A physics-based model for fluvial valley width

Turowski, Jens Martin; Bufe, Aaron; Tofelde, Stefanie

The width of fluvial valley floors is a key parameter to quantifying the morphology of mountain regions. Valley floor width is relevant to diverse fields including sedimentology, fluvial geomorphology, and archaeology. The width of valleys has been argued to depend on climatic and tectonic conditions, on the hydraulics and hydrology of the river channel that forms the valley, and on sediment supply from valley walls. Here, we derive a physically based model that can be used to predict valley width and test it against three different datasets. The model applies to valleys that are carved by a river migrating laterally across the valley floor. We conceptualize river migration as a Poisson process, in which the river changes its direction stochastically at a mean rate determined by hydraulic boundary conditions. This approach yields a characteristic timescale for the river to cross the valley floor from one wall to the other. The valley width can then be determined by integrating the speed of migration over this timescale. For a laterally unconfined river that is not uplifting, the model predicts that the channel-belt width scales with river flow depth. Channel-belt width corresponds to the maximum width of a fluvial valley. We expand the model to include the effects of uplift and lateral sediment supply from valley walls. Both of these effects lead to a decrease in valley width in comparison to the maximum width. We identify a dimensionless number, termed the mobility–uplift number, which is the ratio between the lateral mobility of the river channel and uplift rate. The model predicts two limits: at high values of the mobility–uplift number, the valley evolves to the channel-belt width, whereas it corresponds to the channel width at low values. Between these limits, valley width is linked to the mobility–uplift number by a logarithmic function. As a consequence of the model, valley width increases with increasing drainage area, with a scaling exponent that typically has a value between 0.4 and 0.5, but can also be lower or higher. We compare the model to three independent datasets of valleys in experimental and natural uplifting landscapes and show that it closely predicts the first-order relationship between valley width and the mobility–uplift number.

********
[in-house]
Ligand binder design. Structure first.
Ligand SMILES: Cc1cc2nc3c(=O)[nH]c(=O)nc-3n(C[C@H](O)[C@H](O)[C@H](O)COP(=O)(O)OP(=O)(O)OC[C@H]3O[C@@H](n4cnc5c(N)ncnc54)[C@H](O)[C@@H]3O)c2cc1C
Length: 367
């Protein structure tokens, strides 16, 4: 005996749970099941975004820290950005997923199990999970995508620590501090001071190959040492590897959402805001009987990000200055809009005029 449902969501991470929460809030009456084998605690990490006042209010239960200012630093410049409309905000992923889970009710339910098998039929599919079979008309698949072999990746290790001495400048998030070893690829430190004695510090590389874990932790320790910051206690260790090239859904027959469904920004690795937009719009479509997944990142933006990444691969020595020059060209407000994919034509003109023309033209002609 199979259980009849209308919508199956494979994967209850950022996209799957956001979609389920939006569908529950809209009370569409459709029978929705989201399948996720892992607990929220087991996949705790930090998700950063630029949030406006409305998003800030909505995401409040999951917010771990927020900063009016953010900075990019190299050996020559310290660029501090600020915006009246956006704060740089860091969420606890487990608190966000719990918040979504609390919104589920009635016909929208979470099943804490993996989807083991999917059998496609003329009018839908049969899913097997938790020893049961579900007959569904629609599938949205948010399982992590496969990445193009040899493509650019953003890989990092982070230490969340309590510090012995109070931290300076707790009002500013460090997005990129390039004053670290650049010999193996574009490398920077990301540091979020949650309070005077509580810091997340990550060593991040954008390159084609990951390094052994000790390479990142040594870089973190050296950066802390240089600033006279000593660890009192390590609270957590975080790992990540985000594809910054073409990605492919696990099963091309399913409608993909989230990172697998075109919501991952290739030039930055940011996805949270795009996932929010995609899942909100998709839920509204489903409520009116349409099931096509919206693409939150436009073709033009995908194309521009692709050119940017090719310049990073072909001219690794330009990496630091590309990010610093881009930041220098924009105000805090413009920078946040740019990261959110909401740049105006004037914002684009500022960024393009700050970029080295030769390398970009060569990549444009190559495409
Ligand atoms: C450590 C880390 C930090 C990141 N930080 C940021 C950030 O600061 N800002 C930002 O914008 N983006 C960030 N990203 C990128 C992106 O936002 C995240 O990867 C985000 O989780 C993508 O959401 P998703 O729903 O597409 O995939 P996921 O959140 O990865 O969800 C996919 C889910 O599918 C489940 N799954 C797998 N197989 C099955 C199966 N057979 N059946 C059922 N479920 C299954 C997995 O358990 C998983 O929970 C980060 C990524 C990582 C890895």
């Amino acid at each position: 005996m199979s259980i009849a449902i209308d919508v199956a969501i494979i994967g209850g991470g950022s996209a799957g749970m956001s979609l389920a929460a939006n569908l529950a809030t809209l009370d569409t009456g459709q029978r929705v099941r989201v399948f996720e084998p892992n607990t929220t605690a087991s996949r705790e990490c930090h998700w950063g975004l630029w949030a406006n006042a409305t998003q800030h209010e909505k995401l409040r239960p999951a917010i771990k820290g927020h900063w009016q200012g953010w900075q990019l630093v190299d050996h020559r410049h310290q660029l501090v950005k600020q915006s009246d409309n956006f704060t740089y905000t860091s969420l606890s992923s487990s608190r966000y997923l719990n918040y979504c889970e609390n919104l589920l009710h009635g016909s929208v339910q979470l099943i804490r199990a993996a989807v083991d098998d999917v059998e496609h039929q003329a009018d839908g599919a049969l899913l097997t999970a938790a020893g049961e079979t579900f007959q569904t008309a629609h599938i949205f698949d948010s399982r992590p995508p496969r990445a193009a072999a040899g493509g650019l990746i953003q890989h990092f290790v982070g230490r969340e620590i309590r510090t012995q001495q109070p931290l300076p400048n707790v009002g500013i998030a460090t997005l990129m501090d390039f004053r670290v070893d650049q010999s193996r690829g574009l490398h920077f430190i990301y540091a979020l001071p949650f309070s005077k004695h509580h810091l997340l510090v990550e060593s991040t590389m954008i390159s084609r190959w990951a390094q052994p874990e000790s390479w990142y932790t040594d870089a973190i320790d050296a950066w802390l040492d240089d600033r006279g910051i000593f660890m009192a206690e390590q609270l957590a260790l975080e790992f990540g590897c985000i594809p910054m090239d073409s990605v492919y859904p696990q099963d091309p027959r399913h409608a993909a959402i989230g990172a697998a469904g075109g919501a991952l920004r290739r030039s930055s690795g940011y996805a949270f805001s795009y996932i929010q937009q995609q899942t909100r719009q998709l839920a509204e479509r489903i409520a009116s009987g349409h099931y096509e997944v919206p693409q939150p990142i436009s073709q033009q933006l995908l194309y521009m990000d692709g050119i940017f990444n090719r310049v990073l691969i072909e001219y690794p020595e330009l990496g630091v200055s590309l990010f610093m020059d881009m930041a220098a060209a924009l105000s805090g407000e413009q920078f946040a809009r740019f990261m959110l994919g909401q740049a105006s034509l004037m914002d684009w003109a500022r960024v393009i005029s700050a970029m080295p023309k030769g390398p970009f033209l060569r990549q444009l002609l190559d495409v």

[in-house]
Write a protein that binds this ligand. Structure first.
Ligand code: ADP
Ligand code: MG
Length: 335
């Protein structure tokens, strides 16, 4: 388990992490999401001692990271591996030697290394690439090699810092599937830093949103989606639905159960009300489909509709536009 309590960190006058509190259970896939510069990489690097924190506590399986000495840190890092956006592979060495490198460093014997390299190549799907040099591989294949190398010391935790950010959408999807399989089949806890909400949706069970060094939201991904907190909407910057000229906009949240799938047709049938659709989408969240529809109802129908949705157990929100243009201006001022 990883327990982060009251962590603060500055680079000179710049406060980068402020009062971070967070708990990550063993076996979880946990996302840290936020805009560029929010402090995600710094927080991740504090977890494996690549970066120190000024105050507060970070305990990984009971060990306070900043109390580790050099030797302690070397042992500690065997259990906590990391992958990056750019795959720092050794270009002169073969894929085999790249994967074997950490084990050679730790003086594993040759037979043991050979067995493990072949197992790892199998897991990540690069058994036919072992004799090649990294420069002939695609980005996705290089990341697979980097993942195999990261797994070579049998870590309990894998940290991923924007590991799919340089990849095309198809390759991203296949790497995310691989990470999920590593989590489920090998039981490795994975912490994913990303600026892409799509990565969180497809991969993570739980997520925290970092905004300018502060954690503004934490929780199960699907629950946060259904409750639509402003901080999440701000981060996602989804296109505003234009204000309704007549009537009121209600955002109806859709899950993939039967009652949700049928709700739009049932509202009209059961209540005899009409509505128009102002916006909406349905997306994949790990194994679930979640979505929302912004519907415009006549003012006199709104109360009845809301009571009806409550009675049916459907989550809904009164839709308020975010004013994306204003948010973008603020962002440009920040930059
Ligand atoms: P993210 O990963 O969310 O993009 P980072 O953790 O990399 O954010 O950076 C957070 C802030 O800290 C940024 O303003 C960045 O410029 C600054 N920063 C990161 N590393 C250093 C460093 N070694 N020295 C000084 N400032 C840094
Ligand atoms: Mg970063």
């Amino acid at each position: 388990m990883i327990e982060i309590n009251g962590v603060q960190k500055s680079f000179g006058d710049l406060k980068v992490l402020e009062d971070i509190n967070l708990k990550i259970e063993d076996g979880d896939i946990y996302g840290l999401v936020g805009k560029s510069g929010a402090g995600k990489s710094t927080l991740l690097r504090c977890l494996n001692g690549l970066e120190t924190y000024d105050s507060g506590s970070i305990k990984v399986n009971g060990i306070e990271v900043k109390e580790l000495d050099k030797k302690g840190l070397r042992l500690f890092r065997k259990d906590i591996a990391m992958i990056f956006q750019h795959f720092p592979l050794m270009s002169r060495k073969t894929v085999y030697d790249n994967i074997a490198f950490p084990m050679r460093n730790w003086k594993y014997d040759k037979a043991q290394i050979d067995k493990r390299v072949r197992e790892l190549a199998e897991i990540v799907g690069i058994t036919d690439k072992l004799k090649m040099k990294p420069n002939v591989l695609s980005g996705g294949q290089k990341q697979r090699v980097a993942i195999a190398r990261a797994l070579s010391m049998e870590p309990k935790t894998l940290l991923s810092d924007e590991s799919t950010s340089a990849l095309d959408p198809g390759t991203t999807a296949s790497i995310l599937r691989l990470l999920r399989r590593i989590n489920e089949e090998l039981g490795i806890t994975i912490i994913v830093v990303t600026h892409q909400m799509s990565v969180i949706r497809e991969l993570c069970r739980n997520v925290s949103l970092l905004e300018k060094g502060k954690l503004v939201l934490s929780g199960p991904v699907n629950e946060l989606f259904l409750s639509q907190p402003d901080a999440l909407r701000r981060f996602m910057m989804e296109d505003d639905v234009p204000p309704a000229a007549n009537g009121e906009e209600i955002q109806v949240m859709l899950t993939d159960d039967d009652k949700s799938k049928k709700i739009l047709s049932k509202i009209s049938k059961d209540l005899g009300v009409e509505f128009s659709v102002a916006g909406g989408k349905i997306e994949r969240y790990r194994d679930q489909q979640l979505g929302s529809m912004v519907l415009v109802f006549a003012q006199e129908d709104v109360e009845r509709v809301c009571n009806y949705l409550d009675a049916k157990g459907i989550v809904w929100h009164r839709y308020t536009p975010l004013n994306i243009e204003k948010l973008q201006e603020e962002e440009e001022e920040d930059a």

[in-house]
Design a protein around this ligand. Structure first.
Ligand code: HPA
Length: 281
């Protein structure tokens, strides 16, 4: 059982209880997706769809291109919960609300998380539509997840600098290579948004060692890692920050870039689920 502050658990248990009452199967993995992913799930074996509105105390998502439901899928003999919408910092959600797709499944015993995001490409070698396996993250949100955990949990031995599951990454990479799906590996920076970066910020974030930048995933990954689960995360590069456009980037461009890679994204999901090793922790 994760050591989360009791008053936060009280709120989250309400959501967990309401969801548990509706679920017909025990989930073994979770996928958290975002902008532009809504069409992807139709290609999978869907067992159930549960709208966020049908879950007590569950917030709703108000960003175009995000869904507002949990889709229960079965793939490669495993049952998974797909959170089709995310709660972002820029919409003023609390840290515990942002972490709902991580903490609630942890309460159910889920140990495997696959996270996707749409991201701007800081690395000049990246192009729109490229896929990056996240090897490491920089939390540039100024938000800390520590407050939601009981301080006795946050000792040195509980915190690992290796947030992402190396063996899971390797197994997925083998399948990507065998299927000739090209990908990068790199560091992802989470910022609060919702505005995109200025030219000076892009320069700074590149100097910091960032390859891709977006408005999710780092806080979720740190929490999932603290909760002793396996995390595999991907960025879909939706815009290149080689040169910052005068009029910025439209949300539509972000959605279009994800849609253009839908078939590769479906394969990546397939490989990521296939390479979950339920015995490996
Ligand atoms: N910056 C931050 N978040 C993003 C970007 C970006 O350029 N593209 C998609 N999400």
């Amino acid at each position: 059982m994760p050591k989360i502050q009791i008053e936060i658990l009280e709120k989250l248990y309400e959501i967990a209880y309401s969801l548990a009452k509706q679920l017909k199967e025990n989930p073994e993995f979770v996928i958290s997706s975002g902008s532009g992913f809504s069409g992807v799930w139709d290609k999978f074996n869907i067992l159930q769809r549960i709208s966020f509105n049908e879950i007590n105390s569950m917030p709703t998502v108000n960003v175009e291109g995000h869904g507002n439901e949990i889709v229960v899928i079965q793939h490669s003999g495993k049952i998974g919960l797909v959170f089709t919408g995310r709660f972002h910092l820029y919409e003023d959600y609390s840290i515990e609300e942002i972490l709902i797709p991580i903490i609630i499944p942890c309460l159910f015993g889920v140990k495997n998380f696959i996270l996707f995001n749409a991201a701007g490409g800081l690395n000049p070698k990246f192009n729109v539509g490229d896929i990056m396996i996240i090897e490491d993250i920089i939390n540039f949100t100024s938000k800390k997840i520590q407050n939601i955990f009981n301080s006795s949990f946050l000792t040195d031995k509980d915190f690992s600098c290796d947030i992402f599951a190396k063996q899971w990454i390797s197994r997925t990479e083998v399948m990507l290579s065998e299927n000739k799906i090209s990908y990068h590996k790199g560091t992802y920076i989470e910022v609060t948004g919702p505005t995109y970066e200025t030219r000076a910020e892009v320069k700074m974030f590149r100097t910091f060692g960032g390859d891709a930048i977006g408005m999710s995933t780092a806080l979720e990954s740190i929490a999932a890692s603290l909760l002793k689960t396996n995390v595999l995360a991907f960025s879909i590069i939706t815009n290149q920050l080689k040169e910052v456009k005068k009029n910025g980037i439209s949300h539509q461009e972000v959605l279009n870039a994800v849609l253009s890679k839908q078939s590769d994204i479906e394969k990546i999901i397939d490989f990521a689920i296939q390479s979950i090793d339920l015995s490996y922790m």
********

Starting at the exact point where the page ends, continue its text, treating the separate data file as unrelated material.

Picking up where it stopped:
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Turowski, Jens Martin / Bufe, Aaron / Tofelde, Stefanie: A physics-based model for fluvial valley width. 2024. Copernicus Publications.

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